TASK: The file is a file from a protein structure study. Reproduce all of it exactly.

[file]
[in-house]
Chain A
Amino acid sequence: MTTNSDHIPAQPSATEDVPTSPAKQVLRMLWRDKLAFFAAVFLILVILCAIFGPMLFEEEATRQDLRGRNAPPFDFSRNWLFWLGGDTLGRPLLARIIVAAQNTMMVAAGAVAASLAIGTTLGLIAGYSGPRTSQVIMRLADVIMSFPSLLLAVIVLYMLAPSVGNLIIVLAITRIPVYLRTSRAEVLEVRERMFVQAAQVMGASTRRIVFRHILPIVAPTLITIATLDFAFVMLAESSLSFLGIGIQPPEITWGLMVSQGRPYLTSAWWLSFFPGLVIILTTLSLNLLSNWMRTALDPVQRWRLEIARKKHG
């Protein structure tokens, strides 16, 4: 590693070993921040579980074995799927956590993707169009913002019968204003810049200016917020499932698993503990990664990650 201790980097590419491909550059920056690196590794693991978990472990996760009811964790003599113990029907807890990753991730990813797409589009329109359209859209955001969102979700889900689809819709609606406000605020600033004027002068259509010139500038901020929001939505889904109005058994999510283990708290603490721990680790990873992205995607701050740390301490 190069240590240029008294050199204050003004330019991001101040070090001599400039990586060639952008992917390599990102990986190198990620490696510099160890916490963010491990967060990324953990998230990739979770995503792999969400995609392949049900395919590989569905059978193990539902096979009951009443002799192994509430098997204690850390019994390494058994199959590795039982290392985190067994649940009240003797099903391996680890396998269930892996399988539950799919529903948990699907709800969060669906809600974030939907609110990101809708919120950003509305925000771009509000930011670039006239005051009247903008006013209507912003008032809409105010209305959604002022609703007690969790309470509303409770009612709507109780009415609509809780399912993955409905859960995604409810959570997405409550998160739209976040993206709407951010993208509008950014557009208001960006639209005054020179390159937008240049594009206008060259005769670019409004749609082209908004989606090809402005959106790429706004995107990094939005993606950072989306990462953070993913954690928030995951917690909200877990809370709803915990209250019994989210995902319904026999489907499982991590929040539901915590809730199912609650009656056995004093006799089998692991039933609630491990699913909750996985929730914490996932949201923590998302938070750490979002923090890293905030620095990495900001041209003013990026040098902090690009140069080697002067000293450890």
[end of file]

[in-house]
Chain A
Amino acid sequence: MTTNSDHIPAQPSATEDVPTSPAKQVLRMLWRDKLAFFAAVFLILVILCAIFGPMLFEEEATRQDLRGRNAPPFDFSRNWLFWLGGDTLGRPLLARIIVAAQNTMMVAAGAVAASLAIGTTLGLIAGYSGPRTSQVIMRLADVIMSFPSLLLAVIVLYMLAPSVGNLIIVLAITRIPVYLRTSRAEVLEVRERMFVQAAQVMGASTRRIVFRHILPIVAPTLITIATLDFAFVMLAESSLSFLGIGIQPPEITWGLMVSQGRPYLTSAWWLSFFPGLVIILTTLSLNLLSNWMRTALDPVQRWRLEIARKKHG
């Protein structure tokens, strides 16, 4: 590693070993921040579980074995799927956590993707169009913002019968204003810049200016917020499932698993503990990664990650 201790980097590419491909550059920056690196590794693991978990472990996760009811964790003599113990029907807890990753991730990813797409589009329109359209859209955001969102979700889900689809819709609606406000605020600033004027002068259509010139500038901020929001939505889904109005058994999510283990708290603490721990680790990873992205995607701050740390301490 190069240590240029008294050199204050003004330019991001101040070090001599400039990586060639952008992917390599990102990986190198990620490696510099160890916490963010491990967060990324953990998230990739979770995503792999969400995609392949049900395919590989569905059978193990539902096979009951009443002799192994509430098997204690850390019994390494058994199959590795039982290392985190067994649940009240003797099903391996680890396998269930892996399988539950799919529903948990699907709800969060669906809600974030939907609110990101809708919120950003509305925000771009509000930011670039006239005051009247903008006013209507912003008032809409105010209305959604002022609703007690969790309470509303409770009612709507109780009415609509809780399912993955409905859960995604409810959570997405409550998160739209976040993206709407951010993208509008950014557009208001960006639209005054020179390159937008240049594009206008060259005769670019409004749609082209908004989606090809402005959106790429706004995107990094939005993606950072989306990462953070993913954690928030995951917690909200877990809370709803915990209250019994989210995902319904026999489907499982991590929040539901915590809730199912609650009656056995004093006799089998692991039933609630491990699913909750996985929730914490996932949201923590998302938070750490979002923090890293905030620095990495900001041209003013990026040098902090690009140069080697002067000293450890």